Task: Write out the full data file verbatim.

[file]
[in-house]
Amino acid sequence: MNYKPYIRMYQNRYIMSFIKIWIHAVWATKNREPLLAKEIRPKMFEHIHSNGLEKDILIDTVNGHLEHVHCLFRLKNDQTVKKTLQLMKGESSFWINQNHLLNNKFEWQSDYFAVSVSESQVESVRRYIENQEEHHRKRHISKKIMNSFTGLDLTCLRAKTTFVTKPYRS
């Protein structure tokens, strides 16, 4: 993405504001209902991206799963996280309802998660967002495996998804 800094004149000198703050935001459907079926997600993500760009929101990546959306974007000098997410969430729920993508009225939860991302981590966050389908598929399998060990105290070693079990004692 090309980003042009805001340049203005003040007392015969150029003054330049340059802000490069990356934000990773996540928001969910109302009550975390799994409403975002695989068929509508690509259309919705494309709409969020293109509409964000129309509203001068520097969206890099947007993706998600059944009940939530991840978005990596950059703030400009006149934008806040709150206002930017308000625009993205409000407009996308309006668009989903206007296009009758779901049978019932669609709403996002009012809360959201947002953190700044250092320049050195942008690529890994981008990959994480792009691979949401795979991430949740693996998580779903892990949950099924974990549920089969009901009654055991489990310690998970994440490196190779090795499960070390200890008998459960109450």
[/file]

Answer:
[in-house]
Amino acid sequence: MNYKPYIRMYQNRYIMSFIKIWIHAVWATKNREPLLAKEIRPKMFEHIHSNGLEKDILIDTVNGHLEHVHCLFRLKNDQTVKKTLQLMKGESSFWINQNHLLNNKFEWQSDYFAVSVSESQVESVRRYIENQEEHHRKRHISKKIMNSFTGLDLTCLRAKTTFVTKPYRS
């Protein structure tokens, strides 16, 4: 993405504001209902991206799963996280309802998660967002495996998804 800094004149000198703050935001459907079926997600993500760009929101990546959306974007000098997410969430729920993508009225939860991302981590966050389908598929399998060990105290070693079990004692 090309980003042009805001340049203005003040007392015969150029003054330049340059802000490069990356934000990773996540928001969910109302009550975390799994409403975002695989068929509508690509259309919705494309709409969020293109509409964000129309509203001068520097969206890099947007993706998600059944009940939530991840978005990596950059703030400009006149934008806040709150206002930017308000625009993205409000407009996308309006668009989903206007296009009758779901049978019932669609709403996002009012809360959201947002953190700044250092320049050195942008690529890994981008990959994480792009691979949401795979991430949740693996998580779903892990949950099924974990549920089969009901009654055991489990310690998970994440490196190779090795499960070390200890008998459960109450």